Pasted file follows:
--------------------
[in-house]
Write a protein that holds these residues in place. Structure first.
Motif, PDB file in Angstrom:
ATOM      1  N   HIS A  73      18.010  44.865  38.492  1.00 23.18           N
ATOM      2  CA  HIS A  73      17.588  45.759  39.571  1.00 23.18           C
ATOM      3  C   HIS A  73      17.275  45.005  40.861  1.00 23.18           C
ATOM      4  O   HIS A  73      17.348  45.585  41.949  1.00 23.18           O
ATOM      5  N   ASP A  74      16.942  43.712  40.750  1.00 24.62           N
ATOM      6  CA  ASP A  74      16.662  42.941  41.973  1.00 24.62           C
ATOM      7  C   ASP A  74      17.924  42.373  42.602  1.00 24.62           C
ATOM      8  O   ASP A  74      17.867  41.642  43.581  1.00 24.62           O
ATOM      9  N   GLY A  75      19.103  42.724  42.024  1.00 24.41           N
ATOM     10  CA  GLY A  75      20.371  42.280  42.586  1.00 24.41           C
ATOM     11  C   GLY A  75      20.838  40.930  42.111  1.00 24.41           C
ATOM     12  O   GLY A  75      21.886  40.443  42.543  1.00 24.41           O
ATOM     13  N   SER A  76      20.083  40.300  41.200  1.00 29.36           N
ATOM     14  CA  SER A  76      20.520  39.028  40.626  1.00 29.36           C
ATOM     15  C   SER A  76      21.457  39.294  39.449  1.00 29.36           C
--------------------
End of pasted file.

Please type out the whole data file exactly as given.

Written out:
[in-house]
Write a protein that holds these residues in place. Structure first.
Motif, PDB file in Angstrom:
ATOM      1  N   HIS A  73      18.010  44.865  38.492  1.00 23.18           N
ATOM      2  CA  HIS A  73      17.588  45.759  39.571  1.00 23.18           C
ATOM      3  C   HIS A  73      17.275  45.005  40.861  1.00 23.18           C
ATOM      4  O   HIS A  73      17.348  45.585  41.949  1.00 23.18           O
ATOM      5  N   ASP A  74      16.942  43.712  40.750  1.00 24.62           N
ATOM      6  CA  ASP A  74      16.662  42.941  41.973  1.00 24.62           C
ATOM      7  C   ASP A  74      17.924  42.373  42.602  1.00 24.62           C
ATOM      8  O   ASP A  74      17.867  41.642  43.581  1.00 24.62           O
ATOM      9  N   GLY A  75      19.103  42.724  42.024  1.00 24.41           N
ATOM     10  CA  GLY A  75      20.371  42.280  42.586  1.00 24.41           C
ATOM     11  C   GLY A  75      20.838  40.930  42.111  1.00 24.41           C
ATOM     12  O   GLY A  75      21.886  40.443  42.543  1.00 24.41           O
ATOM     13  N   SER A  76      20.083  40.300  41.200  1.00 29.36           N
ATOM     14  CA  SER A  76      20.520  39.028  40.626  1.00 29.36           C
ATOM     15  C   SER A  76      21.457  39.294  39.449  1.00 29.36           C